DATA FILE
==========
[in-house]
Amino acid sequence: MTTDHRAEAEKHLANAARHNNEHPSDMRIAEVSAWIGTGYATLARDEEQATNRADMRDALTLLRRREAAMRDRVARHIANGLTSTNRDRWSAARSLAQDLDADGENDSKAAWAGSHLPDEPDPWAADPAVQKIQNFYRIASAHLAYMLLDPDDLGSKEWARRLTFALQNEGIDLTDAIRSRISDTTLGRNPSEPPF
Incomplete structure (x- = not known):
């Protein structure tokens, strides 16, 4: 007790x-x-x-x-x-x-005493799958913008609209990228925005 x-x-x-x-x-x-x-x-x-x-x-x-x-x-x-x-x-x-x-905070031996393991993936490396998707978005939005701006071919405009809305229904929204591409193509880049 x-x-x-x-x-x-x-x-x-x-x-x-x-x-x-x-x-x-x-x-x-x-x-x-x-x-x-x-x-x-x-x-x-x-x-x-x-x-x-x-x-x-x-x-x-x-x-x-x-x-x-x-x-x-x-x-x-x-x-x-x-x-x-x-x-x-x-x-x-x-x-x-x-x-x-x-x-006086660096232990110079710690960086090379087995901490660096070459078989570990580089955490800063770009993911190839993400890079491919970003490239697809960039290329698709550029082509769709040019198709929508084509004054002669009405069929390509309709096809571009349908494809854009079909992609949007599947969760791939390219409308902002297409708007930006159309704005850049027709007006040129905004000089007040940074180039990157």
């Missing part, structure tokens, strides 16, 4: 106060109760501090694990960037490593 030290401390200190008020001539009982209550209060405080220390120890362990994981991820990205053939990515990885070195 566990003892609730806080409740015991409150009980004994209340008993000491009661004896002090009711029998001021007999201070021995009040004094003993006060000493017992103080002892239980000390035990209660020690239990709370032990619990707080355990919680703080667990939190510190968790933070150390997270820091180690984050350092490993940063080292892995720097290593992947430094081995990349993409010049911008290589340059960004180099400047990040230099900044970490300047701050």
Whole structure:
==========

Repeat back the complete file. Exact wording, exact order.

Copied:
[in-house]
Amino acid sequence: MTTDHRAEAEKHLANAARHNNEHPSDMRIAEVSAWIGTGYATLARDEEQATNRADMRDALTLLRRREAAMRDRVARHIANGLTSTNRDRWSAARSLAQDLDADGENDSKAAWAGSHLPDEPDPWAADPAVQKIQNFYRIASAHLAYMLLDPDDLGSKEWARRLTFALQNEGIDLTDAIRSRISDTTLGRNPSEPPF
Incomplete structure (x- = not known):
């Protein structure tokens, strides 16, 4: 007790x-x-x-x-x-x-005493799958913008609209990228925005 x-x-x-x-x-x-x-x-x-x-x-x-x-x-x-x-x-x-x-905070031996393991993936490396998707978005939005701006071919405009809305229904929204591409193509880049 x-x-x-x-x-x-x-x-x-x-x-x-x-x-x-x-x-x-x-x-x-x-x-x-x-x-x-x-x-x-x-x-x-x-x-x-x-x-x-x-x-x-x-x-x-x-x-x-x-x-x-x-x-x-x-x-x-x-x-x-x-x-x-x-x-x-x-x-x-x-x-x-x-x-x-x-x-006086660096232990110079710690960086090379087995901490660096070459078989570990580089955490800063770009993911190839993400890079491919970003490239697809960039290329698709550029082509769709040019198709929508084509004054002669009405069929390509309709096809571009349908494809854009079909992609949007599947969760791939390219409308902002297409708007930006159309704005850049027709007006040129905004000089007040940074180039990157």
């Missing part, structure tokens, strides 16, 4: 106060109760501090694990960037490593 030290401390200190008020001539009982209550209060405080220390120890362990994981991820990205053939990515990885070195 566990003892609730806080409740015991409150009980004994209340008993000491009661004896002090009711029998001021007999201070021995009040004094003993006060000493017992103080002892239980000390035990209660020690239990709370032990619990707080355990919680703080667990939190510190968790933070150390997270820091180690984050350092490993940063080292892995720097290593992947430094081995990349993409010049911008290589340059960004180099400047990040230099900044970490300047701050």
Whole structure: